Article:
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Obama in Close Race Against Romney, Perry, Bachmann, Paul

 
 
 
 
 
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President Barack Obama is closely matched against each of four possible Republican opponents when registered voters are asked whom they would support if the 2012 presidential election were held today. Mitt Romney leads Obama by two percentage points, 48% to 46%, Rick Perry and Obama are tied at 47%, and Obama edges out Ron Paul and Michele Bachmann by two and four points, respectively.

These prospective election ballots — measured Aug. 17-18, well over a year before the Nov. 6, 2012, election — indicate that the race for president at this point is generally competitive, with voters fairly evenly divided in their preference for giving Obama a second term or electing a Republican candidate. Even though the four Republican candidates tested have varying degrees of name recognition, they all fare roughly the same.

Gallup’s generic presidential ballot — measured six times this year — shows a close race between Obama and a generic “Republican presidential candidate,” although there have been survey-to-survey variations on this measure, with the Republican candidate leading in June and July.

President Obama’s job approval rating is hovering around the 40% mark. This is below the rating that any of the six incumbent presidents re-elected since Eisenhower has had at the time of the presidential election. However, in August of the year before they were re-elected, Ronald Reagan (43%) and Bill Clinton (46%) were both below 50%. Obama’s position of rough parity against leading GOP candidates shows that more Americans at the moment say they would vote for Obama than approve of the job he is doing — perhaps a reflection of the continuing lack of a strong front-runner on the Republican side.

With the first official votes for the Republican nomination more than five months away, and with the very real possibility that GOP candidates such as Sarah Palin, Rudy Giuliani, and George Pataki may jump into the race, much could still change as the election process unfolds. A look at presidential election trial heats conducted in the late summer of the year before previous elections reveals that such change is quite common:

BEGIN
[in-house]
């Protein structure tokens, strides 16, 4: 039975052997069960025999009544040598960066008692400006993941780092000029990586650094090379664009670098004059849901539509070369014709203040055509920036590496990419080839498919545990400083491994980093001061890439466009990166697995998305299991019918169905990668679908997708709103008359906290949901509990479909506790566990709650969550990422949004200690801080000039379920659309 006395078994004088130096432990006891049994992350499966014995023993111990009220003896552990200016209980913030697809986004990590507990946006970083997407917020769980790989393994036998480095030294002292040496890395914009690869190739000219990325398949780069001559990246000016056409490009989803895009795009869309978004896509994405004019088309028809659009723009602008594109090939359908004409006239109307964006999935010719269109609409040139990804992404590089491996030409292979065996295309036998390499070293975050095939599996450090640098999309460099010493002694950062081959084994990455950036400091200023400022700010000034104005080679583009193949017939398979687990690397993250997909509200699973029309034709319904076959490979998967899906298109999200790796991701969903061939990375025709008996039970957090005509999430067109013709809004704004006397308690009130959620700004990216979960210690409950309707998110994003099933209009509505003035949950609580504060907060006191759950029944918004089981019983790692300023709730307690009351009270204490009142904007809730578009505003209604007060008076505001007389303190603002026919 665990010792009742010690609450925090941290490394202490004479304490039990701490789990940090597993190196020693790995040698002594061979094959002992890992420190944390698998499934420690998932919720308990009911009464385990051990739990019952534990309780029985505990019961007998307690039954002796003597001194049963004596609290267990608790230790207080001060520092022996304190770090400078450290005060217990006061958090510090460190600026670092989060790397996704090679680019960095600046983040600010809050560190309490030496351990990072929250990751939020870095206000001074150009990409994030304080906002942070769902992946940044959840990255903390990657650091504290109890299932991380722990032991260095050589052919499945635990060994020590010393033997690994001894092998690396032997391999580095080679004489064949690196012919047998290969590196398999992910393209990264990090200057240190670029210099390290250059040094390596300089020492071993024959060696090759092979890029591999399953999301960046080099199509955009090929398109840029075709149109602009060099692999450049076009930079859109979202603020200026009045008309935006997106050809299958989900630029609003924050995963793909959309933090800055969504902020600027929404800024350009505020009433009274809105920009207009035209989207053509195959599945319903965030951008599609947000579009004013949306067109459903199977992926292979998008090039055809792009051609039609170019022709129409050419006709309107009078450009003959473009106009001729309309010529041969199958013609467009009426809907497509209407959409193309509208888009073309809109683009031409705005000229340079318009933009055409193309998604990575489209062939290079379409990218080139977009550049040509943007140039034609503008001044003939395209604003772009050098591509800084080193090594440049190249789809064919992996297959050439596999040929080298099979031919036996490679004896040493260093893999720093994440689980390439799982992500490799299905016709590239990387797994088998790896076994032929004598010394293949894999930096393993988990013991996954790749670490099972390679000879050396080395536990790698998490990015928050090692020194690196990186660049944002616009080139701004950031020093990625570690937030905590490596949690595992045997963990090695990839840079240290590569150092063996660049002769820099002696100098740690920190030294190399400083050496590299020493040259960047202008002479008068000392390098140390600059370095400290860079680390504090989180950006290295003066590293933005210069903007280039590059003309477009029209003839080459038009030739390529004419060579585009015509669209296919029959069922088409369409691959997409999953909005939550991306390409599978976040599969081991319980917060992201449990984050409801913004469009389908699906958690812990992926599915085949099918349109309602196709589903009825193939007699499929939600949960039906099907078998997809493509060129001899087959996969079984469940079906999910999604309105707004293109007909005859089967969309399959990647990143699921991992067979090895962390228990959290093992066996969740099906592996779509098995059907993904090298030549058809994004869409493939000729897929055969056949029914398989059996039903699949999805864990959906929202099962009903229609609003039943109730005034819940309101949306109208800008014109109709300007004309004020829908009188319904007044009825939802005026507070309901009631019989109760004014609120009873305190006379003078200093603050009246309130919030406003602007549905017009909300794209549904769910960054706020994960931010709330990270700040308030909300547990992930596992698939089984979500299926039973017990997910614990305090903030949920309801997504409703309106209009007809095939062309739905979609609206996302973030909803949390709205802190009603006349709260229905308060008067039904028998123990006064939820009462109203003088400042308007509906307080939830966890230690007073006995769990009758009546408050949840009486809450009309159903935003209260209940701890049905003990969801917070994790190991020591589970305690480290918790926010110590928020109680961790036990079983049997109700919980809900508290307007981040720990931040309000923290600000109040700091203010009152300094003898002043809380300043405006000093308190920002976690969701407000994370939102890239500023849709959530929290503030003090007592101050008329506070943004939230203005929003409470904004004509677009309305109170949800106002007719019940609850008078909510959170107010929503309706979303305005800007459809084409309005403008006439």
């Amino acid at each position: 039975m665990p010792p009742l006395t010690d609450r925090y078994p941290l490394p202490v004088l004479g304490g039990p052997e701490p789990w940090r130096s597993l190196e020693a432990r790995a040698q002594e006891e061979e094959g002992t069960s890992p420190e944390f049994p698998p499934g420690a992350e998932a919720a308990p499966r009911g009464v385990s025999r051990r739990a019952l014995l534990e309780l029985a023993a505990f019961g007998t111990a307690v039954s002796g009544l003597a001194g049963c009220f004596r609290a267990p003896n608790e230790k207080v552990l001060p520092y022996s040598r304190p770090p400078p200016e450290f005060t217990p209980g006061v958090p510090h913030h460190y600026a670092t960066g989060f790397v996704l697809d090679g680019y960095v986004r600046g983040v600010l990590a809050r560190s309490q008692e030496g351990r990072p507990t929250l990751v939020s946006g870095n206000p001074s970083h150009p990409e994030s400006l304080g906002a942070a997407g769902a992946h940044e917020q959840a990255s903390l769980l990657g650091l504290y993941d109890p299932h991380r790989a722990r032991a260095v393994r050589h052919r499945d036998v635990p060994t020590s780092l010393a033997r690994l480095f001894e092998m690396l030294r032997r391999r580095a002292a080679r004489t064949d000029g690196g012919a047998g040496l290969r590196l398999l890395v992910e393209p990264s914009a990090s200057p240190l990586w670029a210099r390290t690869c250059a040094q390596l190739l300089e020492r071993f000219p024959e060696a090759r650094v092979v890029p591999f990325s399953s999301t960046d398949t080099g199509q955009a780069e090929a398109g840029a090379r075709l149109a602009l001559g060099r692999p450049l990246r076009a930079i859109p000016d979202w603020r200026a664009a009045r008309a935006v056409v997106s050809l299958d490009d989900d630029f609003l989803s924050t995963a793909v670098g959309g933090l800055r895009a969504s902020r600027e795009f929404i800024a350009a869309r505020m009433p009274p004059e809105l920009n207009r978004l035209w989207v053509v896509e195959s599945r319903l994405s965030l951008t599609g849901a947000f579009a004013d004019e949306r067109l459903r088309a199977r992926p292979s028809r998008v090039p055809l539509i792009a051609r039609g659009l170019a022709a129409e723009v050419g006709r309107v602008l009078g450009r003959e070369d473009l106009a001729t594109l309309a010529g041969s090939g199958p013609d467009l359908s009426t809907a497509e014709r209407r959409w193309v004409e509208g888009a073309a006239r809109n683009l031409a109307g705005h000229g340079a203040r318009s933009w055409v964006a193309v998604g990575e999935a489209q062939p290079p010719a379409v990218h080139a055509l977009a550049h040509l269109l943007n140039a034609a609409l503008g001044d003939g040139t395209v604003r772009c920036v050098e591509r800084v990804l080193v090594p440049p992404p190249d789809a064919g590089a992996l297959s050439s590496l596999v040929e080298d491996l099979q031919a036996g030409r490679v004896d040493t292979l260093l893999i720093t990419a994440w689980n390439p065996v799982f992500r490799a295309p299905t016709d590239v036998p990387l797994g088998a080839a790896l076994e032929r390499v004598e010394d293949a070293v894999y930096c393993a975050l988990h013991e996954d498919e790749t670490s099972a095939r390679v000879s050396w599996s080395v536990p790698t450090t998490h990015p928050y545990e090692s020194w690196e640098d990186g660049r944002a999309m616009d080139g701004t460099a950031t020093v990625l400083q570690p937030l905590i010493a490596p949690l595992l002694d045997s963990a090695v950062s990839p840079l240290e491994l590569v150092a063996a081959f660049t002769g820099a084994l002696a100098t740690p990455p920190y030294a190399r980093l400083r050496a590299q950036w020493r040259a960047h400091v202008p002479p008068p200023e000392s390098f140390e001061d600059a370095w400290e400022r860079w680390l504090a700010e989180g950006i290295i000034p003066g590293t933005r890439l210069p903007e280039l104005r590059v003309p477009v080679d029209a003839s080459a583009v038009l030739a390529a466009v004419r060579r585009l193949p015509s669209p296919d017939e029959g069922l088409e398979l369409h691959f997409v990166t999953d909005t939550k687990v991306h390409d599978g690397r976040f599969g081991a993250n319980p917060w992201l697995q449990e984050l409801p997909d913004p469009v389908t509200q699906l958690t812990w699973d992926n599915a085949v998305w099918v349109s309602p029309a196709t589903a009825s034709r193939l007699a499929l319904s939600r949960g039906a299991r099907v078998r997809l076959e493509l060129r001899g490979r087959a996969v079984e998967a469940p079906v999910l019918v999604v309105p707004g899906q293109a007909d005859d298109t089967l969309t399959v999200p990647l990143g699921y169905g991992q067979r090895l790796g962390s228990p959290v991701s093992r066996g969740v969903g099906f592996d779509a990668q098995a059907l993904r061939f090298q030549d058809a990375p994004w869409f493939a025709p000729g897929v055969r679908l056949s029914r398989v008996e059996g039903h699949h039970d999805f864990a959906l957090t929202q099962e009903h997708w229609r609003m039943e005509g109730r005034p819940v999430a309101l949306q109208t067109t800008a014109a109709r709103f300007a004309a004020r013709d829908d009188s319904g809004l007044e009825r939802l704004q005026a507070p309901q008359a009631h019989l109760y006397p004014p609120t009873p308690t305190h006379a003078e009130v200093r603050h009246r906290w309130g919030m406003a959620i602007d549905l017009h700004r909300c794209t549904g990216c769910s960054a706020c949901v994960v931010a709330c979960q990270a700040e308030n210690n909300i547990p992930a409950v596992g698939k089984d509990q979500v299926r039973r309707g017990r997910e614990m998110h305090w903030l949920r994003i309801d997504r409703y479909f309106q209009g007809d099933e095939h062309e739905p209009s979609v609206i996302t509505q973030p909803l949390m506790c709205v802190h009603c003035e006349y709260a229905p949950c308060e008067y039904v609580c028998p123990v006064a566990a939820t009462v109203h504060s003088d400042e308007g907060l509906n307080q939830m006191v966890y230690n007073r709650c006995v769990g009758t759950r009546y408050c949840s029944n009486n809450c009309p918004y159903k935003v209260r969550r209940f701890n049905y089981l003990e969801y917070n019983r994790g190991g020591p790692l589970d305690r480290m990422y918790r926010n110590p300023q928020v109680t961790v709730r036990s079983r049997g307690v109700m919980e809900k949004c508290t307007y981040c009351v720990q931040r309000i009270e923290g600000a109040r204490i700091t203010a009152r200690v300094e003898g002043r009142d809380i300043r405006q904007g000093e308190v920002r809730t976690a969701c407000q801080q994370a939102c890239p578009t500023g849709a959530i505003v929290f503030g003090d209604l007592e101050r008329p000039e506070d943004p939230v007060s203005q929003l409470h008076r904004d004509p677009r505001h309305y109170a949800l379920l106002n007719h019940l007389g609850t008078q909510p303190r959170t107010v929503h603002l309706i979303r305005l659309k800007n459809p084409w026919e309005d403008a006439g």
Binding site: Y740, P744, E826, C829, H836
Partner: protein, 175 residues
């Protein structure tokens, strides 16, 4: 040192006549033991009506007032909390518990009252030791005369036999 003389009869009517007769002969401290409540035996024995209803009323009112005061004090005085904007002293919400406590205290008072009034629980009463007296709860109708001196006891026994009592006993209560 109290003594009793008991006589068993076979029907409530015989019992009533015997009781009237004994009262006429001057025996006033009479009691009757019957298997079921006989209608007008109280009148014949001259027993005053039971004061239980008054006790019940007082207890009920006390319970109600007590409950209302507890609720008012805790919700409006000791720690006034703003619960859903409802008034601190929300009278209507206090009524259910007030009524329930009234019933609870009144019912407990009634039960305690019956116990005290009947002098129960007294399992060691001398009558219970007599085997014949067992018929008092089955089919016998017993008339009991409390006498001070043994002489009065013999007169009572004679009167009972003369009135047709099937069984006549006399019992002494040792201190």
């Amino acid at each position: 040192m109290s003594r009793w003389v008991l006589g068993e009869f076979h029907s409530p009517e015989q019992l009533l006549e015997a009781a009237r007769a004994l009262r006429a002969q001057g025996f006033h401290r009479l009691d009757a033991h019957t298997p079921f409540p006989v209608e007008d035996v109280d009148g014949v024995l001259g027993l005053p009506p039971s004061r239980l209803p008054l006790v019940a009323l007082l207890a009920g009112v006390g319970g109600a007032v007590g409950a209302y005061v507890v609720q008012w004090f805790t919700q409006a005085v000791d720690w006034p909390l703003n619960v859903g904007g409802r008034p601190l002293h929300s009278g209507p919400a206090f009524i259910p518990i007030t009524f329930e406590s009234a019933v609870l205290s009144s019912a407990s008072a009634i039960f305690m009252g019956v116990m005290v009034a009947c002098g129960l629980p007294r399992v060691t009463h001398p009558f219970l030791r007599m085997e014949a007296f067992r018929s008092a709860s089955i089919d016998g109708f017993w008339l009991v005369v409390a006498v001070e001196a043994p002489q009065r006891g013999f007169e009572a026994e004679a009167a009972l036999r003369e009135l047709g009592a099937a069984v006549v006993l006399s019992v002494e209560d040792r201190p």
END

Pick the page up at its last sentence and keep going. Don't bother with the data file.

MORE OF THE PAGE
* In August 1999, Texas Gov. George W. Bush led Vice President Al Gore by 55% to 41% in a Gallup trial heat poll. That race ended up in a virtual dead heat, with Gore ultimately winning slightly more of the national popular vote than Bush.
* In August 1995, Kansas Sen. Bob Dole was slightly ahead of President Bill Clinton in a Gallup poll, 48% to 46%. On Election Day 1996, Clinton beat Dole by eight points.
* In August 1983, President Ronald Reagan was ahead of Democrat Walter Mondale by only one point, 44% to 43%. Reagan went on to beat Mondale in a 59% to 41% landslide in the November 1984 election.
* In August 1979, incumbent President Jimmy Carter was tied with former California Gov. Reagan — each getting 45% of the vote. Reagan ultimately defeated Carter by 10 points.

Voters Favor Their Party, but Republicans Lend Less Support to Bachmann, Paul

Democratic and Republican registered voters display strong allegiance for their party’s candidate across these election match-ups. Democrats are the most consistent, voting for Obama to about the same degree regardless of who the GOP candidate is. Republicans exhibit a little more variation, giving their strongest support to Perry (92% would vote for him) and Romney (91%), weaker support to Bachmann (86%), and the weakest support to Paul (82%). Independents tilt at least slightly toward voting for Romney, Perry, and Paul against Obama, while tilting slightly toward Obama when he is pitted against Bachmann.

Bottom Line

President Obama is at the moment in a rough parity position when registered voters are asked whether they would vote for him in election matchups against four potential Republican candidates. Romney fares slightly better than the other GOP candidates, and Bachmann slightly worse, but these are not large differences. Gallup research shows that these types of election measures at this stage in the campaign are not highly stable, and one can expect changes in the relative positioning of Obama and various GOP candidates in the months ahead.

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